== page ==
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[AfriNIC-rpd] Updated Version of the "IPv4 Soft Landing Policy"now Available Online

James Blessing jblessing at
Fri Feb 25 10:04:05 UTC 2011

On 25/02/2011 02:55, Owen DeLong wrote:

> I don't know about you, but, when I see cars in front of me about to collide, I do not
> tend to step on the gas to see if I can join the accident.

Actually there are times when pressing the accelerator is the best way 
of avoiding an accident (as many f1 driver will tell you). This is the 
reason the idea of 'selling' address out of the last /8 is attractive 
(not saying its what should happen, just that its attractive) for 2 reasons:

1. Increase the income into AfriNIC, this could be used to fund 
educational projects and consultancy to those networks wanting to 
transition but without the experience or skills.

2. Bring the depletion date forward in the region so that it focuses it 
in the mind of networks and encourages to move now rather than waiting.

3. Helps other regions who are trying to transition but are growing 
faster than they can migrate (Apnic)

4. Stops Africa becoming a dumping ground for all the hardware that 
isn't v6 capable. Potentially increasing the time before depletion as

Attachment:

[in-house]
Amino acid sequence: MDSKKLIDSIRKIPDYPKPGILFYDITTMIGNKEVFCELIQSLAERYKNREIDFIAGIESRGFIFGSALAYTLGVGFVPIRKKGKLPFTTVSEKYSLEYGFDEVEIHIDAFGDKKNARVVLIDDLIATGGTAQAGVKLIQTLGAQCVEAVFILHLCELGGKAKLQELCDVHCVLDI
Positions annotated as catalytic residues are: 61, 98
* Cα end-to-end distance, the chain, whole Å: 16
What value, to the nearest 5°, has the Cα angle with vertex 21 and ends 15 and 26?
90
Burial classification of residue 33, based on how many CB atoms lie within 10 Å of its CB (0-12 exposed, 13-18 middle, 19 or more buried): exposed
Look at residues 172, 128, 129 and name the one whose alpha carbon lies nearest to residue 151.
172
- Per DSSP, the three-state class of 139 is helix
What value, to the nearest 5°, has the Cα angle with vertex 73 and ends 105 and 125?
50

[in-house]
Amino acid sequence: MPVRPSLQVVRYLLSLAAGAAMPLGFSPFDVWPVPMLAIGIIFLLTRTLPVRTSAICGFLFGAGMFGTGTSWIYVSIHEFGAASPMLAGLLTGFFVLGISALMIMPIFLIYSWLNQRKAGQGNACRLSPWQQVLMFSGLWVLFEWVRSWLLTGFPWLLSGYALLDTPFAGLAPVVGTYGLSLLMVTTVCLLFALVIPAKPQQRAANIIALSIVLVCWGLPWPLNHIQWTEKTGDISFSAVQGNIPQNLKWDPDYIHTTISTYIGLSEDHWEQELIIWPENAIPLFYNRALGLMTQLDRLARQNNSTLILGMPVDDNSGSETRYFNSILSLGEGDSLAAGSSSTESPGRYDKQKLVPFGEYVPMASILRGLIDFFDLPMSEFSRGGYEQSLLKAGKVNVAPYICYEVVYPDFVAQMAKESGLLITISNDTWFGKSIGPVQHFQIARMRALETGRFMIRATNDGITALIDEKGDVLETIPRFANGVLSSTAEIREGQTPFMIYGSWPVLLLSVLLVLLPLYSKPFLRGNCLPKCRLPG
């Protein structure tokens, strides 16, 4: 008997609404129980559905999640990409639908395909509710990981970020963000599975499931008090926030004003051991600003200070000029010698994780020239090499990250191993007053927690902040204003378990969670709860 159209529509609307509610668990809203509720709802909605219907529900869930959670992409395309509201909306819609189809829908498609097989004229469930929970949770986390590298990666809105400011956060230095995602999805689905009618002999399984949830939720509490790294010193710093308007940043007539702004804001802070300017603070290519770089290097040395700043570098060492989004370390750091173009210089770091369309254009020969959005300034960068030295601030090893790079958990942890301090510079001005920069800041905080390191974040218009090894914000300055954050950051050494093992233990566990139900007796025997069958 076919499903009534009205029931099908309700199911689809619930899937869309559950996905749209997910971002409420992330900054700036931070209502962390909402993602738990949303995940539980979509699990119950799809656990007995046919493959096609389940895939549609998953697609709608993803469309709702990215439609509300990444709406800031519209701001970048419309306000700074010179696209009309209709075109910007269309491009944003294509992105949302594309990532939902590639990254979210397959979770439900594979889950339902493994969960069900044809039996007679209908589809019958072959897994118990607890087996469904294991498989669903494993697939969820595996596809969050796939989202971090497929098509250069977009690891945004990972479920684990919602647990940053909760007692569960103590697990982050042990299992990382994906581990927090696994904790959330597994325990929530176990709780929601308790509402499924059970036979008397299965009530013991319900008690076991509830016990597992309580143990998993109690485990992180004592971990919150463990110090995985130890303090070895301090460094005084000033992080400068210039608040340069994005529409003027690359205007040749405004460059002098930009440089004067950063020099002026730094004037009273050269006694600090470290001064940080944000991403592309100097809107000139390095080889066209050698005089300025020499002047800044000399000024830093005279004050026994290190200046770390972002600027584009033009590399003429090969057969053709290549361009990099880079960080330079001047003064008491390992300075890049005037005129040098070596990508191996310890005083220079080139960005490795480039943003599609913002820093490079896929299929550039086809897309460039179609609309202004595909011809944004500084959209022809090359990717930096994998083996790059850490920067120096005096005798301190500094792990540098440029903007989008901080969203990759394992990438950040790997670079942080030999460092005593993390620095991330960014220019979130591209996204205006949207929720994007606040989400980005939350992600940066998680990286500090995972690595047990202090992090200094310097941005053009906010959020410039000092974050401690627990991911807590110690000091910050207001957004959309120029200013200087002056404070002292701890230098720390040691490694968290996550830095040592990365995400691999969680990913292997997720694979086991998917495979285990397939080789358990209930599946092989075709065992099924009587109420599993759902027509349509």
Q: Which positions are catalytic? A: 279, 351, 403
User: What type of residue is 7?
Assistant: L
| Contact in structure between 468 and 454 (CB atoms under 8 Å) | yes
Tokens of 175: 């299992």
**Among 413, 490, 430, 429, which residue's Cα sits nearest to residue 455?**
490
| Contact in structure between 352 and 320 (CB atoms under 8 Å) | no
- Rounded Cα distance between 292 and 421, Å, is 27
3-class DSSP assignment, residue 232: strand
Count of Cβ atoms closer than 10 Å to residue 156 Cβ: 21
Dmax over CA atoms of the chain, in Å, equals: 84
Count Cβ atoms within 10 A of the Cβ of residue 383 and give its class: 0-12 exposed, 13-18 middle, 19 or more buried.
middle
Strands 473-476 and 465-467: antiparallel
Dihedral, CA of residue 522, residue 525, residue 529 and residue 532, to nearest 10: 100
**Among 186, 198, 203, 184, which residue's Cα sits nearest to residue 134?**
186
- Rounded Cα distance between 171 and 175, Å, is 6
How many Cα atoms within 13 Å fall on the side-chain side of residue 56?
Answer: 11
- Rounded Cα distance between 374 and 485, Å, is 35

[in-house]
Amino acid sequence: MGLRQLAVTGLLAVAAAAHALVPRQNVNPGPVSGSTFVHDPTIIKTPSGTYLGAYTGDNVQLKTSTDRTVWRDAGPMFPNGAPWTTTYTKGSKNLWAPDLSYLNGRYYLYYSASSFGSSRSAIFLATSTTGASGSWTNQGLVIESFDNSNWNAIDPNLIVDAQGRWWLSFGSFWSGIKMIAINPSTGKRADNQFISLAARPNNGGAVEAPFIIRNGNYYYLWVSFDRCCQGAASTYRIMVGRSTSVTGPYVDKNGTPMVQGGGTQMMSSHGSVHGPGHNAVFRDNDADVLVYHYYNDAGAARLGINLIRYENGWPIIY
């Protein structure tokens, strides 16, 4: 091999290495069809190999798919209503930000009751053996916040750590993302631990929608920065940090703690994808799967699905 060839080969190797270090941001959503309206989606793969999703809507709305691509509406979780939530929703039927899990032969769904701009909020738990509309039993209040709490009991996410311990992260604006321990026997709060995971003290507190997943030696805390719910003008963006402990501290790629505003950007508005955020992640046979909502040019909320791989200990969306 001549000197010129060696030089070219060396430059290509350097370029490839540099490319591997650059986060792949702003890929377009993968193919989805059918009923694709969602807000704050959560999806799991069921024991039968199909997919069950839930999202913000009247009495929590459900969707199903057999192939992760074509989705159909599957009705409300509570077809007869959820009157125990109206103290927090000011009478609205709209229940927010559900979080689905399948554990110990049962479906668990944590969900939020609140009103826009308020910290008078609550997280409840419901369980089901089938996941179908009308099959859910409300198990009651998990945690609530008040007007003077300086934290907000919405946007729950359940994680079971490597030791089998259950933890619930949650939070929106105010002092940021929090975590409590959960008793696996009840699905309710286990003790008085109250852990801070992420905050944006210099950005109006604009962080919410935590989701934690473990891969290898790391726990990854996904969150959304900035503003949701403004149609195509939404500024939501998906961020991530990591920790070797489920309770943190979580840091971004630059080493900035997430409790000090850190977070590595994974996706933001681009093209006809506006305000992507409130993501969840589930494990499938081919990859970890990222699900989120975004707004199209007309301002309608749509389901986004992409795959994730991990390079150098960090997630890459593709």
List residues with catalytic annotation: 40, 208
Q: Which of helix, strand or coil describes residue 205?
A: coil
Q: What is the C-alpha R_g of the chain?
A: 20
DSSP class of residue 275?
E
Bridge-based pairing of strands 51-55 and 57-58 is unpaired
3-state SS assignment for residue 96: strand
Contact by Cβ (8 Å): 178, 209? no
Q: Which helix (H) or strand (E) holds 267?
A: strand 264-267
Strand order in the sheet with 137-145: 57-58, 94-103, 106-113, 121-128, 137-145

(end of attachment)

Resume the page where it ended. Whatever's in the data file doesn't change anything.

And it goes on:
networks continue to use the 'cheap' discards from the other regions 
(including the address space that is handed back once v6 is the defacto 

5. Demonstrates the Africa is forward looking, maybe the policy needs to 
actually put a hard stop on the allocation of IPv4 addresses (say 1st 
Jan 2013) pushing networks to deploy IPv6 at a greater rate than they 
are today

This debate seems to be focusing on whether other networks regions are 
going to 'steal' v4 space from AfriNIC and what can be done to stop 
them. Whilst in other regions the focus has moved to how do we 
transition at a faster pace.

We (Limelight Networks) have been adding v6 capabilities to our services 
for years, our JNB pop had v6 added to it about 30 minutes after the 
final v4 addressing plan had been completed (only because I wanted a cup 
of coffee) but its only *now* that people are beginning to ask for v6 
services to be turned on.

Its true AfriNIC needs to have a expiry policy, but for one I think it 
should actually be more about a setting a (close) hard expiry date and 
getting whatever value is possible out of a scarce resource rather than 
trying to arrange he deck chairs to make sure they don't get wet until 
th last second.

James Blessing
+44 7989 039 476
Strategic Relations Manager, EMEA
Limelight Networks

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